Contra Warrior Otto Reich Returns to the State Department
Another seminal figure from one of the most troubling episodes in the United States’ recent history has been quietly restored to his old stomping grounds. Otto Reich, like Elliot Abrams and John Negroponte one of the officials most responsible for devising and administering the destructive "Reagan doctrine" in 1980s Central America, has been given a top job in the Bush administration. The former head of a pro-Contra government office, Reich was named Assistant Secretary of State for the Western Hemisphere during the February Senate recess.
Elliot Abrams, the conservative State Department official who during the 1980s regularly misled Congress and the public about the abuses of the U.S.-supported Salvadoran dictatorship, was later pardoned by the elder George Bush before standing trial for his role in the Iran-Contra affair. His son rewarded Abrams with a top White House job last year. In 1981, when the U.S. ambassador to Honduras complained about human rights abuses by the Honduran military regime (which the U.S. was supporting), Reagan promptly removed him and replaced him with yes-man Negroponte. He is now the U.S. ambassador to the United Nations.
Lastly, there is the Cuban-born Reich, who was first nominated for his new position last March. During the Reagan administration, Reich led a murky interagency outfit called the Office of Public Diplomacy for Latin America and the Caribbean, an obfuscatory bit of official nomenclature which, like the German Democratic Republic or "military intelligence," is something of a paradox, as Reich’s office was, in fact, neither public nor diplomatic.
The organization, which was declared illegal after a 1987 investigation by the U.S. Comptroller General, was charged with disseminating what it called "White Propaganda"-covert misinformation designed to influence public opinion in favor of Reagan’s military campaign against Nicaragua’s Sandinista government and other leftist groups in the region. (This is, of course, exactly the work currently handled by the Pentagon’s Office of Strategic Influence, the subject of much recent controversy.)
For starters, Reich’s office drafted pro-Reagan op-ed pieces that ran under fabricated bylines; White House statements supposedly written by American university professors and Nicaraguan Contras thus made their way into U.S. newspapers (Reich himself reportedly liked to refer to National Public Radio as "Moscow on the Potomac").
More mundanely, the office regularly planted stories designed to embarrass or contradict the Sandinista regime. After distributing one secret Nicaraguan government communication, a smug OPD official wrote his White House colleague Pat Buchanan in a memo: "Do not be surprised if this cable somehow hits the evening news." But manipulating the press was not the only trick up the OPD’s sleeve; the Comptroller General’s report also indicates that the office supplied "a great deal" of information to pro-Reagan lobbying groups and political organizations that favored the Contra war.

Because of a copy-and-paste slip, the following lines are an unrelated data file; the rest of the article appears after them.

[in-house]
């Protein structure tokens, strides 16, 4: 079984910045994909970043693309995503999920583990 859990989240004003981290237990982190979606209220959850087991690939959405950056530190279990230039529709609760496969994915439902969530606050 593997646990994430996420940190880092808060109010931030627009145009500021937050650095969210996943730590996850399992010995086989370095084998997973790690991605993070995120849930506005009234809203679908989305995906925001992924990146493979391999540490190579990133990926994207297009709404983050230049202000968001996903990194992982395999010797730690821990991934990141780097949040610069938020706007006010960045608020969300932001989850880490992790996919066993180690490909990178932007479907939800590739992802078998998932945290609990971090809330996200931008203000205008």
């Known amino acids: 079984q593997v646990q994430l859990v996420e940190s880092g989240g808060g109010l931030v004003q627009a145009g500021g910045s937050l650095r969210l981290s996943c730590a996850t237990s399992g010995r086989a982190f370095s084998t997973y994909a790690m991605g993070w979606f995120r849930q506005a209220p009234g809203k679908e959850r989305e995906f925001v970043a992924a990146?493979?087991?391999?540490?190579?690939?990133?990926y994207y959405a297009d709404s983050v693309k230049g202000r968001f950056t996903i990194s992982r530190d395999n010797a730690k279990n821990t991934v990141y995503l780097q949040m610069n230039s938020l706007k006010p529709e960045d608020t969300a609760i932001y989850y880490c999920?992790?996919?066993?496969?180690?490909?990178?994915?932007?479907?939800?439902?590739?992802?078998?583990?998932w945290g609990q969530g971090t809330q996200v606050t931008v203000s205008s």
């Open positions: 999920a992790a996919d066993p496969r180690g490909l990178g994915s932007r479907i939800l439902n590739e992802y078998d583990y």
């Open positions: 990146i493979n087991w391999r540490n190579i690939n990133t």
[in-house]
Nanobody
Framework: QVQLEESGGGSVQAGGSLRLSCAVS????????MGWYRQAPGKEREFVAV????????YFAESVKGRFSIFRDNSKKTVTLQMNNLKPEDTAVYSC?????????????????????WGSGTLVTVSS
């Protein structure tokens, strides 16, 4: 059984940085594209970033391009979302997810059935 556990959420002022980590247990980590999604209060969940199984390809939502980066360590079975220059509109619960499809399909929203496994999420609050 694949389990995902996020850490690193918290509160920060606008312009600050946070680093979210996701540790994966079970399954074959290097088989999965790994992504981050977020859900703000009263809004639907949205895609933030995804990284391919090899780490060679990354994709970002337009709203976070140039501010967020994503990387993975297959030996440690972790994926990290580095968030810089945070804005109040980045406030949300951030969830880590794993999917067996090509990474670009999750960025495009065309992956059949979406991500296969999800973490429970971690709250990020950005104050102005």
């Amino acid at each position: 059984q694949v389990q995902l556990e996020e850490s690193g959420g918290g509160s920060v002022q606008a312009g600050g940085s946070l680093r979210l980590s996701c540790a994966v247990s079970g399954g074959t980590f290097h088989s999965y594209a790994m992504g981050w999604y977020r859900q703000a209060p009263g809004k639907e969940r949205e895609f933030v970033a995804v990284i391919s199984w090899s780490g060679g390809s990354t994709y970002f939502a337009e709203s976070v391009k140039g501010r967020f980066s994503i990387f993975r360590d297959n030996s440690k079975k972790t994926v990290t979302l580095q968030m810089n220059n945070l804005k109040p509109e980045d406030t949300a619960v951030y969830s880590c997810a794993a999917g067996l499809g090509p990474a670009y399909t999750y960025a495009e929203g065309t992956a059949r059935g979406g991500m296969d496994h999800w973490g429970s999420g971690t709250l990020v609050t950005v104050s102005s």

For a president whose campaign promised to restore candor and diplomacy to official Washington, the ex-director of an outlawed propaganda office seems a puzzling choice indeed for one of the government’s most important posts in Latin American affairs.
Furthermore, at a time when our government is engaged in a righteous "war against terrorism," it is notable that Bush has chosen to reinstate a central figure from a time when the U.S. armed, funded, and trained a right-wing landowner’s militia that it called an army of "freedom fighters," which amounted to a distinction of more than just semantics.
Bush deliberately appointed Reich during the February Senate recess, and so he will assume his post without the confirmation hearings that are customary for a job of this importance. Legislators like Joseph Biden (D-DE), the chair of the Senate Foreign Relations Committee that will not hold hearings on this appointment, quietly expressed their displeasure with Bush’s tactics.
The president has made much of his desire to forge a new relationship with Latin America based on mutual cooperation and "openness," economic and otherwise. The return of old Reagan Contra-warriors like Abrams, Negroponte, and Reich–not to mention outfits like the Office of Strategic Influence–do more than just summon old grudges and sad memories. The US right has recently begun clamoring for intervention in Colombia’s civil war, where death squads and a corrupt military–frequently acting together for what Eduardo Galeano aptly termed the Colombian "democratorship"–combat two aging insurgencies.
Recast as a theater in the new "war on terrorism," the Colombian civil war reminds us instead that the horrors of torture and war–and the more massive scourges of poverty, illiteracy, and inequality–have not left the hemisphere that gave the English language a dreadful word, "the disappeared."
Bush’s move to circumvent the confirmation process in appointing the ex-propagandist Reich recalls that more contentious time in U.S. relations with Latin America, when secrecy, expediency, and inept self-interest were far more familiar than any "public diplomacy."
John Patrick Leary lives in New York City. He can be reached at: firstname.lastname@example.org